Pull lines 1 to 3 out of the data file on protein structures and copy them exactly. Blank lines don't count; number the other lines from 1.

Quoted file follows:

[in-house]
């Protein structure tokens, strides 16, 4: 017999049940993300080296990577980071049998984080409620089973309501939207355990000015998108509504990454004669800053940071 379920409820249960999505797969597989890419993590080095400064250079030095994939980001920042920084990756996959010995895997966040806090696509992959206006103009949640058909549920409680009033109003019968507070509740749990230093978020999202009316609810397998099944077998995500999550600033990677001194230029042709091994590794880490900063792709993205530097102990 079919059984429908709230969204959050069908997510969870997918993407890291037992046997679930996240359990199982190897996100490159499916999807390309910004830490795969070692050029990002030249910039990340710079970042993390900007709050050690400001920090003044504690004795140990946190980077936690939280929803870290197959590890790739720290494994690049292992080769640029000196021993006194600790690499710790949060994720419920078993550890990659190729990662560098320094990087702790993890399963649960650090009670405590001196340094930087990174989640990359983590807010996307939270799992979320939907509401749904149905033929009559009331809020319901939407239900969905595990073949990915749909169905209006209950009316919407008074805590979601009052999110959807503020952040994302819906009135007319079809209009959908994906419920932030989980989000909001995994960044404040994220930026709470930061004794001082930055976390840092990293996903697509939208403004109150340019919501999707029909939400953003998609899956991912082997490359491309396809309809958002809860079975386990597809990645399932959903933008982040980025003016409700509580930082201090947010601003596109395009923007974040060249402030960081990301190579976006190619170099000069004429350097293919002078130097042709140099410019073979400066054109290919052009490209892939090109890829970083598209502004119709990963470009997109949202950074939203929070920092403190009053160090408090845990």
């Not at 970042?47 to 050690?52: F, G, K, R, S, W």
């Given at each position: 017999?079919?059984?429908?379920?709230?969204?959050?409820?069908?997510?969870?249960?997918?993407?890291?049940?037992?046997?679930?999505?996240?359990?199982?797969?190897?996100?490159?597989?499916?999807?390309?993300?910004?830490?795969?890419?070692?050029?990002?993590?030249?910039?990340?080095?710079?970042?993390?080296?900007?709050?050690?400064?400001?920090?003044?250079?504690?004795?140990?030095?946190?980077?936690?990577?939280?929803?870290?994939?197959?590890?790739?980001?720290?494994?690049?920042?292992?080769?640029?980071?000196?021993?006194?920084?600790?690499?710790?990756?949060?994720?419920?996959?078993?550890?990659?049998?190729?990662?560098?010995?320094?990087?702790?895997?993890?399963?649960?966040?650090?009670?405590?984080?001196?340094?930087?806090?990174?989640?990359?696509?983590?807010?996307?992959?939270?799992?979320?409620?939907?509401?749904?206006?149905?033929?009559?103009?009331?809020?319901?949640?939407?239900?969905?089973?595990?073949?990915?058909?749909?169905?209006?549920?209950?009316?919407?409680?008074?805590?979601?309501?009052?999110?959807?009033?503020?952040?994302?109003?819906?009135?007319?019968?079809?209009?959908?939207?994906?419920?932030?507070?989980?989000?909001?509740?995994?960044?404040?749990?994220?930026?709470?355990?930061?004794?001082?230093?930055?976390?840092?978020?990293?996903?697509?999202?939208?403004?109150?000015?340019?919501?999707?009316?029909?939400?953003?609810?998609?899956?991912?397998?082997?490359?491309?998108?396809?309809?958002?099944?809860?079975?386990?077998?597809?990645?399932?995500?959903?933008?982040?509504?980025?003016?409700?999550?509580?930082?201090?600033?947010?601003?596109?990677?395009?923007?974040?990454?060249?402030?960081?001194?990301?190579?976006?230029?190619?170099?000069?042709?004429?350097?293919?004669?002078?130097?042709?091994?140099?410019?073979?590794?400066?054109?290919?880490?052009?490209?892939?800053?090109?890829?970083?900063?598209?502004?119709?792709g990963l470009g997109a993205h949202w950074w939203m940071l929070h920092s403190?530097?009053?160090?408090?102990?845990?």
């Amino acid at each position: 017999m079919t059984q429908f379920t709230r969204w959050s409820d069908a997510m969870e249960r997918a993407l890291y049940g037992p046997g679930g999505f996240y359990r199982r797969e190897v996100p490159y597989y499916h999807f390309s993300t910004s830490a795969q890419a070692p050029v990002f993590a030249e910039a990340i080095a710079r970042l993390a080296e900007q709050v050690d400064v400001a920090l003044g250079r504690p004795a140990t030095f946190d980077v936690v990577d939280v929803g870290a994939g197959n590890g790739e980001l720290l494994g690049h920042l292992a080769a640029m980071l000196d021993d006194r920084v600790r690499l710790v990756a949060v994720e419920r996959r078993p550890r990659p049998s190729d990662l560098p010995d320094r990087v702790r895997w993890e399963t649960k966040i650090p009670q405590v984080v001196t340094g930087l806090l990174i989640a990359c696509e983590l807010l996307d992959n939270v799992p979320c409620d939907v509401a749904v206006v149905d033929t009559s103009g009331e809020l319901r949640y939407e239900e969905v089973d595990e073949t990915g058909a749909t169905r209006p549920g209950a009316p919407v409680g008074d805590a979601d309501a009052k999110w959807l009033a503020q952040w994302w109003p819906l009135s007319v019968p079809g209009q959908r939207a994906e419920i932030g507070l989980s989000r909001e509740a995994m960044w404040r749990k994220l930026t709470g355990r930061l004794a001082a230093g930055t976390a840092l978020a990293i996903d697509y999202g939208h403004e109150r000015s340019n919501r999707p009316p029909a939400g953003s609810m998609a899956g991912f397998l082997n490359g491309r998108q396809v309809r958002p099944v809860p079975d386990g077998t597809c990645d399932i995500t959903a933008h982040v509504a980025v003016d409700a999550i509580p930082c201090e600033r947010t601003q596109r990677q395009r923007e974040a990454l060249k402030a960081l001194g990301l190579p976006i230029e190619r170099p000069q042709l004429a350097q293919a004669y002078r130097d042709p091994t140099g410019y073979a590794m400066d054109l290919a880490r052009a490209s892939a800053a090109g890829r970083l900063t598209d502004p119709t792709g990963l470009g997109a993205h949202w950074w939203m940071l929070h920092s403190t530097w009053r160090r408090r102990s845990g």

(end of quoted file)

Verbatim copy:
[in-house]
């Protein structure tokens, strides 16, 4: 017999049940993300080296990577980071049998984080409620089973309501939207355990000015998108509504990454004669800053940071 379920409820249960999505797969597989890419993590080095400064250079030095994939980001920042920084990756996959010995895997966040806090696509992959206006103009949640058909549920409680009033109003019968507070509740749990230093978020999202009316609810397998099944077998995500999550600033990677001194230029042709091994590794880490900063792709993205530097102990 079919059984429908709230969204959050069908997510969870997918993407890291037992046997679930996240359990199982190897996100490159499916999807390309910004830490795969070692050029990002030249910039990340710079970042993390900007709050050690400001920090003044504690004795140990946190980077936690939280929803870290197959590890790739720290494994690049292992080769640029000196021993006194600790690499710790949060994720419920078993550890990659190729990662560098320094990087702790993890399963649960650090009670405590001196340094930087990174989640990359983590807010996307939270799992979320939907509401749904149905033929009559009331809020319901939407239900969905595990073949990915749909169905209006209950009316919407008074805590979601009052999110959807503020952040994302819906009135007319079809209009959908994906419920932030989980989000909001995994960044404040994220930026709470930061004794001082930055976390840092990293996903697509939208403004109150340019919501999707029909939400953003998609899956991912082997490359491309396809309809958002809860079975386990597809990645399932959903933008982040980025003016409700509580930082201090947010601003596109395009923007974040060249402030960081990301190579976006190619170099000069004429350097293919002078130097042709140099410019073979400066054109290919052009490209892939090109890829970083598209502004119709990963470009997109949202950074939203929070920092403190009053160090408090845990």
């Not at 970042?47 to 050690?52: F, G, K, R, S, W």